Former State Democratic Chairman Indicted in Bribery Scheme
MIAMI (AP) _ The former chairman of Florida’s Democratic Party was indicted Tuesday on federal charges he schemed to bribe Dominican Republic officials to release airplanes confiscated for drug trafficking.
Alfredo Duran, an attorney who headed the party from 1976 to 1980, was accused of conspiracy to violate the federal Foreign Corrupt Practices Act.
A former Dominican general, Joaquin Pou, 54, and his aide, Jose Guasch, 43, were arrested in the case Nov. 5, and are free on bond.
Duran’s attorney, Donald Bierman, said his client would turn himself in to a federal magistrate Wednesday.
If convicted, each of the three men face maximum sentences of five years in prison and a $100,000 fine.
The federal grand jury’s indictment announced by U.S. Attorney Dexter Lehtinen accuses the three of seeking to bribe Dominican officials to obtain the release of two planes by the Caribbean island country.
Duran, 53, strongly denied the charges in a news conference shortly after the indictment was announced.
″I am shocked and disappointed that this charge has been made,″ he said in a statement. ″I have voluntarily taken lie detector tests ... and have totally passed those tests on all issues raised in this matter.″
State Democratic Party spokeswoman Gayle Andrews said she had no doubt the indictment was political, was perhaps an effort to win the judgeship left vacant by the impeachment of former U.S. District Judge Alcee Hastings.
″You have to be a blind man not to see what’s happening here,″ Andrews said. ″It’s obviously political. Mr. Lehtinen wants to make a name for himself.″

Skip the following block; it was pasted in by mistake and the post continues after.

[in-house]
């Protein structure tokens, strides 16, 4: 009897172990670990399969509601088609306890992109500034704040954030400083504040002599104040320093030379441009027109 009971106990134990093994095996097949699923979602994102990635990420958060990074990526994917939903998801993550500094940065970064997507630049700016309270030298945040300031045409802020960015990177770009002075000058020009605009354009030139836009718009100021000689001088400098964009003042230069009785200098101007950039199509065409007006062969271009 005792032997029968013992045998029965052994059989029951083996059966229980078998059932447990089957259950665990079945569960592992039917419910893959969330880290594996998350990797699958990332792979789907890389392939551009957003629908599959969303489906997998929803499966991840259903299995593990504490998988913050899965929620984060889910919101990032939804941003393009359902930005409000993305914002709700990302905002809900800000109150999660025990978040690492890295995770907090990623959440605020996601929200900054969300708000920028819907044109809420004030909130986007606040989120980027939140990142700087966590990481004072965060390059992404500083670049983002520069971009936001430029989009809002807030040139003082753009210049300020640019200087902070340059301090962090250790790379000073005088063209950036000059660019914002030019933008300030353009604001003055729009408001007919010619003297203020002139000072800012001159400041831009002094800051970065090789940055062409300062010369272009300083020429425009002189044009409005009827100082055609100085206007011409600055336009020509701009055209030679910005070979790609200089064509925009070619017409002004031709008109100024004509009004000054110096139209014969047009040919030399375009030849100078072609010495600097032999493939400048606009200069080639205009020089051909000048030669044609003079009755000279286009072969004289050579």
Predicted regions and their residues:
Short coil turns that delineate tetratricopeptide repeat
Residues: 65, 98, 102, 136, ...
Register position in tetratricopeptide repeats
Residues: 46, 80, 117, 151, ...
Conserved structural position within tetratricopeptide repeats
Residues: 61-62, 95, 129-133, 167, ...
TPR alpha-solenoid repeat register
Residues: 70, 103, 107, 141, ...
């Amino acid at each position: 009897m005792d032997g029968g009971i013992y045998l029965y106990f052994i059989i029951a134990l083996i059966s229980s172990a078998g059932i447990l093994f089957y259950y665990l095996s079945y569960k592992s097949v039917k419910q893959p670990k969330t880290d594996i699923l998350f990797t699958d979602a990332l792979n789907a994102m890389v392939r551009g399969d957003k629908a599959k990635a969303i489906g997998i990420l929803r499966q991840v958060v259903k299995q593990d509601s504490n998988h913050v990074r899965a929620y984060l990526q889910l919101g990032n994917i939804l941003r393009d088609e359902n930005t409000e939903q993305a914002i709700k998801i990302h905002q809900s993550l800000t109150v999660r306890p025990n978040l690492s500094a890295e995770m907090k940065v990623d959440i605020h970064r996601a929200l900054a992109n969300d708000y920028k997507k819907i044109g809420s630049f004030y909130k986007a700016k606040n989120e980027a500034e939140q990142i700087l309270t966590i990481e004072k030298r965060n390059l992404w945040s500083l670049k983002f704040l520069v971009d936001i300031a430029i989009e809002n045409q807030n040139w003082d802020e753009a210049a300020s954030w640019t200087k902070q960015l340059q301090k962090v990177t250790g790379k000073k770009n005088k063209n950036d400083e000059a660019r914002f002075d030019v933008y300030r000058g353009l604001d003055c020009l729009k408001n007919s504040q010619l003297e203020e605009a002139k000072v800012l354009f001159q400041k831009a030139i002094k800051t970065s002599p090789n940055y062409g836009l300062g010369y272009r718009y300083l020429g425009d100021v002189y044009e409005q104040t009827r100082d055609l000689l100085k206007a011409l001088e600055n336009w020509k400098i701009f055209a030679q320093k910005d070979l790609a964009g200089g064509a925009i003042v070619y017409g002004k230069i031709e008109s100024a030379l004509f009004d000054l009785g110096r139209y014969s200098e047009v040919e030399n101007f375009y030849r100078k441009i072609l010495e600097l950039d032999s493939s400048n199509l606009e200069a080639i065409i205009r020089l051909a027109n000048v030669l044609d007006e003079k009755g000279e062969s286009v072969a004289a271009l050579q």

Before being appointed U.S. attorney, Lehtinen was a GOP state senator from the Miami area. His wife, Republican Ileana Ros-Lehtinen, was elected to Congress Nov. 7.
Dianne Cossin, a spokeswoman for Lehtinen, said, ″Any accusation that a grand jury indictment is motivated by a political agenda is false, unwarranted and shows a lack of understanding of how our legal system works.
″Today’s indictment was returned by a federal grand jury that considered the evidence. They took into consideration much information gathered by law enforcement agencies,″ she said.
According to the indictment, the three men had to pay to falsify documents to hide the planes’ drug connections and ease their release.
The indictment said Pou was paid $8,000 to smooth the release of one of the aircraft.
Duran held $12,000 in escrow, and $5,000 in cash to be paid later for that plane, the indictment said. The deal involving the second plane was never consummated, according to an affidavit by U.S. Treasury agent Gary J. Lang.
Robert Gurin, who was named in a federal arrest warrant when Pou and Guasch were picked up, was not indicted Tuesday. He has reportedly been cooperating with authorities in the case.
Gurin headed AEA Aircraft Recovery in Coral Gables, which specialized in recovering planes for owners.
According to Lang’s affidavit, the government investigated Gurin because of allegations he had bribed high-ranking military officials in the Dominican Republic and other Caribbean countries to recover drug planes.
The government used an informant to pose as an agent for the owner of a plane seized by the Dominican military.
Gurin told the informant that Duran would channel the money to generals of the Dominican military through his escrow account, the affidavit said.
Between February and October, the informant met with Gurin, Pou, Guasch and Duran to iron out the bribery details, the affidavit said. Most of the meetings were tape-recorded or videotaped by FBI and U.S. Customs officials.